Peerless In Seattle
Hinton Still At Home Out West
We at Wolves Heroes were frustrated in our attempts to set up a rendezvous with Alan Hinton when the winger with the white boots was back in the Midlands almost three months ago.
With time differences and phone call costs, what better way then, by way of compensation, to invite the former Wolves, Derby and England star to tell the story of his Molineux life (and beyond) than in an open letter to this website?
Actually, it was an email from his home on the United States’ west coast – and a weighty one at that. So much so that we plan to dip back into our inbox and use a second instalment soon. Here’s the story – in Alan’s own words:
“I am now in my 68th year and live in Seattle with my wife of 45 years, Joy. Our daughter Tania and three grandchildren live ten minutes away.
I take the kids to school every morning and I am so proud of them – Matteo, 12, (named after our late son Matthew), Alexia, ten, and Isabelle, eight.
I do TV and radio pre-match and half-time work for Seattle Sounders FC and find it so enjoyable contributing to the game I have loved all my life. Sounders expect crowds of 35,000 to 40,000 this season, so they are a big draw.
I loved the Wolves from around the age of seven. I lived in Wednesbury and we were an honourable working-class family. I was the oldest of three lads, all choir boys who were kept on the move, mainly by our mother while our father worked hard to pay the bills.
A tennis ball became my best friend and was always carried with me. There was little traffic, which meant I could play in the streets and find many walls to shoot against. One week I’d be at Wolves, the next WBA, Villa, Birmingham or sometimes Walsall. So much football on our doorstep.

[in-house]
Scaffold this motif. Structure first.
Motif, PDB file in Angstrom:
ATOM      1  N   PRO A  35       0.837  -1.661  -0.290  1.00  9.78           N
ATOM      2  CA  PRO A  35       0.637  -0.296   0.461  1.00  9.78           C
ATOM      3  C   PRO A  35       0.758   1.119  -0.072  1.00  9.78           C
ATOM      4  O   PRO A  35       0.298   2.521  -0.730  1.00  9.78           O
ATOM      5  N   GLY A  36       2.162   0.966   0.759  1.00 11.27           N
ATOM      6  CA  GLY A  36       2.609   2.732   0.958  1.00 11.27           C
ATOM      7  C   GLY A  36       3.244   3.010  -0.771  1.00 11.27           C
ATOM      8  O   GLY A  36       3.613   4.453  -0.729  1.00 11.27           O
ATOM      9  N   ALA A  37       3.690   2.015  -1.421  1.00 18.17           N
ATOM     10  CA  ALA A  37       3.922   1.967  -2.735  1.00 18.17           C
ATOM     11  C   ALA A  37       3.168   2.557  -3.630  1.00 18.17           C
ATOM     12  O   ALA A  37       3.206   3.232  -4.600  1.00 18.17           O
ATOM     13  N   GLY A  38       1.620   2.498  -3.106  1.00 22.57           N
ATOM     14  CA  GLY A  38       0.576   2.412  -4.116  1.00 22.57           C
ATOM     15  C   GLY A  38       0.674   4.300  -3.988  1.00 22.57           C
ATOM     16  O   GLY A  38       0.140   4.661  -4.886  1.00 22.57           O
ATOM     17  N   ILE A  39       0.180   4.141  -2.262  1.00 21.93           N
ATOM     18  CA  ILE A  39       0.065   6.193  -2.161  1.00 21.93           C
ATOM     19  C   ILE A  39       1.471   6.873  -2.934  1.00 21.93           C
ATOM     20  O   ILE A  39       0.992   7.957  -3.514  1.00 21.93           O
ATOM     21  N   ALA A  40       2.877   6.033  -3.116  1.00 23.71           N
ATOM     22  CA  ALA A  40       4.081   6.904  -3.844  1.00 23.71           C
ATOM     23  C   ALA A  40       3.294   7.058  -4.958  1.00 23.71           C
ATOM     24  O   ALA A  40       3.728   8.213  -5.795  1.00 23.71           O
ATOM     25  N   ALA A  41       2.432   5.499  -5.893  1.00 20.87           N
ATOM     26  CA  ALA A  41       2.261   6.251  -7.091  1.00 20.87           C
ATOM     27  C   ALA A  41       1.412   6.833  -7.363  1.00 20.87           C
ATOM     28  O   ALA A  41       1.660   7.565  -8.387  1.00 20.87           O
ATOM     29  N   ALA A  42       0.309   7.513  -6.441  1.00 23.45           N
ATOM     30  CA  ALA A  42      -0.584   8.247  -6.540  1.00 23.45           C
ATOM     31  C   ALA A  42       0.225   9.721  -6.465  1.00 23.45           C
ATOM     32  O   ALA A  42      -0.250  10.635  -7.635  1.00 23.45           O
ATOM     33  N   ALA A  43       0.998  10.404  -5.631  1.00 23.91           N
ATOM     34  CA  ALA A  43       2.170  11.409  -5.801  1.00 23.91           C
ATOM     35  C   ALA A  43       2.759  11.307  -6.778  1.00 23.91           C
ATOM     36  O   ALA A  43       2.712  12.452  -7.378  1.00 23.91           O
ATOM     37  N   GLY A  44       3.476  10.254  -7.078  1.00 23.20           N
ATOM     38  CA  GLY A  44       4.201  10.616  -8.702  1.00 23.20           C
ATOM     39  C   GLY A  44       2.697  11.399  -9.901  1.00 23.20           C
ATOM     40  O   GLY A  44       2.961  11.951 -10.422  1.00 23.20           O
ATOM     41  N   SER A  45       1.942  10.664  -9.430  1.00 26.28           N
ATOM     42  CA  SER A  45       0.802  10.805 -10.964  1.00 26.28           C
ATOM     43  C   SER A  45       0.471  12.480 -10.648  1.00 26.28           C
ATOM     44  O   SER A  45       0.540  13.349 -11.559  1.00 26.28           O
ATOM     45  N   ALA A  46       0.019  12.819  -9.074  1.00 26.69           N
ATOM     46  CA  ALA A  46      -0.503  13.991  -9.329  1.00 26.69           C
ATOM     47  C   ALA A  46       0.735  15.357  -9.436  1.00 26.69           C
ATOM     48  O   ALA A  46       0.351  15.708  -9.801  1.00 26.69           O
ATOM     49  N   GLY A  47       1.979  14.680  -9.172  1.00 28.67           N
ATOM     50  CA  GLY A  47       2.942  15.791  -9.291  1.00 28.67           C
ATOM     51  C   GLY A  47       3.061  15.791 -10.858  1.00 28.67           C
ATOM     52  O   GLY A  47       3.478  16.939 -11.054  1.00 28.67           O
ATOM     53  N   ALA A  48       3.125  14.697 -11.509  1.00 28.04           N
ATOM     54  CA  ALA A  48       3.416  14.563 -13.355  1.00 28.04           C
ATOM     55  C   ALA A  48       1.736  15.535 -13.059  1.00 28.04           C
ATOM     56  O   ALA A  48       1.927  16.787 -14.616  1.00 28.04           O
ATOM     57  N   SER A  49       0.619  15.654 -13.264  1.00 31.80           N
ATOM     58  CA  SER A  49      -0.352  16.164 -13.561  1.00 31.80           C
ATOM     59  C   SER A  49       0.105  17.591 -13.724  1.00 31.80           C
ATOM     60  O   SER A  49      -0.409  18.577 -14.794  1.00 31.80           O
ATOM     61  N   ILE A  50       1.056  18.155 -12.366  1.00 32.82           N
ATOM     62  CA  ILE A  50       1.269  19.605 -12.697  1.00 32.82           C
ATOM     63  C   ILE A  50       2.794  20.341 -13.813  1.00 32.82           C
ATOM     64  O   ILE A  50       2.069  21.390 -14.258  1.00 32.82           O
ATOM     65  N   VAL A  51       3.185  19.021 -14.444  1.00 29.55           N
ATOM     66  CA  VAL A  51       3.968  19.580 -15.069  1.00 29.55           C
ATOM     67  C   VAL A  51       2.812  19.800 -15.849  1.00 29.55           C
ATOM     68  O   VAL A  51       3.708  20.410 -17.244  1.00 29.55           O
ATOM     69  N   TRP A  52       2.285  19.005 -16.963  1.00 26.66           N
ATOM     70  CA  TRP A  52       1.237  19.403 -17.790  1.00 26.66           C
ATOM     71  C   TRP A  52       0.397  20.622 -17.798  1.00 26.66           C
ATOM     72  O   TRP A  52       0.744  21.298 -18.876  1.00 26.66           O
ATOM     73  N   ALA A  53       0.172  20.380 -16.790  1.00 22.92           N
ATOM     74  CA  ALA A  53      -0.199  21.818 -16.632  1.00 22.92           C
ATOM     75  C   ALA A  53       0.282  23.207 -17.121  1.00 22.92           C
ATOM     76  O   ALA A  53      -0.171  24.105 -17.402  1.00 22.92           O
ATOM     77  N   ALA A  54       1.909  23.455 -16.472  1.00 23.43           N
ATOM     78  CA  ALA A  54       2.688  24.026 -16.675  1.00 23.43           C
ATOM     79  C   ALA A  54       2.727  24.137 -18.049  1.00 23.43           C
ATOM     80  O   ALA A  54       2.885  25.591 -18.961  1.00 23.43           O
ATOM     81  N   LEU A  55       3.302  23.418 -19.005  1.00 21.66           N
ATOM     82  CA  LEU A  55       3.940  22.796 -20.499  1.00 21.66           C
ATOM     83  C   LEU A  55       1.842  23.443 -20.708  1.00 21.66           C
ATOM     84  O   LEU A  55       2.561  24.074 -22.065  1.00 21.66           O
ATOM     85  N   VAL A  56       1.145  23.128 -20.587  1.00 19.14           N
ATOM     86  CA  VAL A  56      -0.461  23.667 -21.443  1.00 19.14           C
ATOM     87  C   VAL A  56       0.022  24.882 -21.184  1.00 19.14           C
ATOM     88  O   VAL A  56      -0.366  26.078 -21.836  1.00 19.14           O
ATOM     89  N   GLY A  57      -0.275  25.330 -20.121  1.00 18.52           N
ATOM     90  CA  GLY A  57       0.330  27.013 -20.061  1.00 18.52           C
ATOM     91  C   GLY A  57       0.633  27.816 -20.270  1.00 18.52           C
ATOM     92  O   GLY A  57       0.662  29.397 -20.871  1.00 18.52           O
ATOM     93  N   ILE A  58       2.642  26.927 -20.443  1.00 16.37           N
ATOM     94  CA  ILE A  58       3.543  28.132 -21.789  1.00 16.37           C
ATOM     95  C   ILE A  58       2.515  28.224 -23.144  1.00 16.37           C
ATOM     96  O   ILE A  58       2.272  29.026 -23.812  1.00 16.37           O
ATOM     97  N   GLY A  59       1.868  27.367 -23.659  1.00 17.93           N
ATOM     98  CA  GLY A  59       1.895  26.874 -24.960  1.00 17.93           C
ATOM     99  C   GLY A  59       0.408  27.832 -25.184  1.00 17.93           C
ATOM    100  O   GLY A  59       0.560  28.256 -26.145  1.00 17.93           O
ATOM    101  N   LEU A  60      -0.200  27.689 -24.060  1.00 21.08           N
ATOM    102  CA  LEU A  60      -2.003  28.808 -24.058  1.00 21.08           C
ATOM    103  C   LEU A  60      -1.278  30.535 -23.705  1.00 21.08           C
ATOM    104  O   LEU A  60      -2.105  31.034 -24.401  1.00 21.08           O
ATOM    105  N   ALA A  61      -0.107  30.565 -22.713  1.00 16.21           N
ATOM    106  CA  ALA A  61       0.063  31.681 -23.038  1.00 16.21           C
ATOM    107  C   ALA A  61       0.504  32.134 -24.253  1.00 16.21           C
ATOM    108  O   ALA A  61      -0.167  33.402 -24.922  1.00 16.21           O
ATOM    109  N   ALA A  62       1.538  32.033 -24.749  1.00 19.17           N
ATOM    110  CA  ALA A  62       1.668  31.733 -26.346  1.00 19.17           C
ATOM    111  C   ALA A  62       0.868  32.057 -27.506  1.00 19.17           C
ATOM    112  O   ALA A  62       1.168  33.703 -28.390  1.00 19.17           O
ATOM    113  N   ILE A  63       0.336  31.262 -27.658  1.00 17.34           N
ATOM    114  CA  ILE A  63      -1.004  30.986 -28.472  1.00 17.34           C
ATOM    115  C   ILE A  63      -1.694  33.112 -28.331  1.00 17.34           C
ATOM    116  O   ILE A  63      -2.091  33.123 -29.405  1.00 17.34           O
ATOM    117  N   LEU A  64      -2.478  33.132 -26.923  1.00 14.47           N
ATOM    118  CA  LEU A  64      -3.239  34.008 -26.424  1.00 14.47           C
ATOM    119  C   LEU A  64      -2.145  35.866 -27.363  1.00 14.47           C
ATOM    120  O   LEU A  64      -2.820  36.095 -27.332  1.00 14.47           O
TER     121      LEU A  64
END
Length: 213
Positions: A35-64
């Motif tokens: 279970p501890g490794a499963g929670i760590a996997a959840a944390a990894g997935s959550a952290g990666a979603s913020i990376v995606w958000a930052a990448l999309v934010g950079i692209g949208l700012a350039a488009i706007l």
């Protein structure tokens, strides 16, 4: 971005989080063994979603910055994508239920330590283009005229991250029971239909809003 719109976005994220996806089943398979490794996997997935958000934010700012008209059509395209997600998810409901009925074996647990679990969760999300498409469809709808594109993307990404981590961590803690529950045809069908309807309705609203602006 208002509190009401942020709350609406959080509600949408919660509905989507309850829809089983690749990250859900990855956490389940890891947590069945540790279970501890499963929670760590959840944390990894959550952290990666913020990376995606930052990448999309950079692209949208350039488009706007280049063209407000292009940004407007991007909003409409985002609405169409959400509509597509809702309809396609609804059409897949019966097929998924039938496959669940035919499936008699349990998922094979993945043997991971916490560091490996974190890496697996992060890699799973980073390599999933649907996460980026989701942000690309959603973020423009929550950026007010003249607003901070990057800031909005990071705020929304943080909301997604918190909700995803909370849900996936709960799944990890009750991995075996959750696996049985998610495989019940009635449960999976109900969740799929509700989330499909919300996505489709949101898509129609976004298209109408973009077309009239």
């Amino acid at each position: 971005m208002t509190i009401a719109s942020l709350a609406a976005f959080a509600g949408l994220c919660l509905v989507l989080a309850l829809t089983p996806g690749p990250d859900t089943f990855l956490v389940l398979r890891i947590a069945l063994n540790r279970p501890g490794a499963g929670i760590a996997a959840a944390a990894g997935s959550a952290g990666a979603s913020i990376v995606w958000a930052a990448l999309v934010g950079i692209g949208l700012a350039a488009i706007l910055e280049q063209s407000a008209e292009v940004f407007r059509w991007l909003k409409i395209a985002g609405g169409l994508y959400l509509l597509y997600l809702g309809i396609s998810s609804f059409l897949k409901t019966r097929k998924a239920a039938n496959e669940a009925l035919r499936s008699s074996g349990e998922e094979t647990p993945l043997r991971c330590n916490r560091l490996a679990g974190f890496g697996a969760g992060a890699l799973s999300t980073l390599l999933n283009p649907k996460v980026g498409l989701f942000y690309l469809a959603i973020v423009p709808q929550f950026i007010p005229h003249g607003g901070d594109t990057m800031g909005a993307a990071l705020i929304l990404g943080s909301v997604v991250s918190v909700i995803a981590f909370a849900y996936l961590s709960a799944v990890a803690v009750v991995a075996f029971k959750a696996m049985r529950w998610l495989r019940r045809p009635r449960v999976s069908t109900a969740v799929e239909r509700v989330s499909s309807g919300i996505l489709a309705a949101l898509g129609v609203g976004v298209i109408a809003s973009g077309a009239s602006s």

I played for St.Barts, then Wednesbury Town team, South East Staffordshire and Birmingham County. My headmaster was the football coach and the most impressive role model I could wish for.
Scouts came to watch on Saturday mornings and after being presented with some choices, I was so proud to join Wolves as a groundstaff boy in 1957.
George Noakes, the wonderful chief scout, was also from Wednesbury, so were Norman Deeley and John Kirkham. I was in good hands.
I played Wolverhampton Works League football at 15 and quickly grew up. My mates at Wolves were John Kirkham, Graham Newton, Terry Wharton, Bobby Thomson, Kenny Sill, David Oliphant, Freddie Goodwin, Fred Kemp, David Hughes,Vic Cockcroft, David Read, Brian Perry and David Woodfield. Anyone know what happened to these super young footballers?
Most kids wanted to play for the Wolves. Standards were high. Stan Cullis was tough and Joe Gardiner, Jack Dowen, Bill Shorthouse and others were understanding but focused on the winning tradition of this wonderful club. Jack Davies was in charge of the youngsters and Fred the groundskeeper kept us busy.
The first team was full of international superstars. Billy Wright made me feel very special, so did other household names with their kidding and encouragement.
I’m talking about Malcolm Finlayson, George Showell, Eddie Stuart, Bill Slater, Bill Shorthouse, Bobby Mason, Barry Stobart, Fred Davies, Bill Slater, Jimmy Murray, Ron Flowers, Norman Deeley, John Kirkham, Gerry Mannion, Micky Lill, Des Horne, Cliff Durandt and especially Peter Broadbent, who took care of me when I gained a first-team place just after my 18th birthday. He made me look good with his great passing and service.
Ted Farmer was the bravest and toughest goalscorer I ever played with. Serious injury issues cut his career short. What a tragedy for Wolves and particularly for Ted!
I represented Wolves with England under-18s, under-23s and then the England first team. But I wasn’t ready to be a full international after only 26 first-team games and Cullis told me so. A little like Theo Walcott now.
I played 75 games for Wolves, scoring 29 goals, but an unpleasant surprise was in store…….”
Sincere thanks and best wishes to all.
The rest of Alan’s story will be posted on Wolves Heroes soon.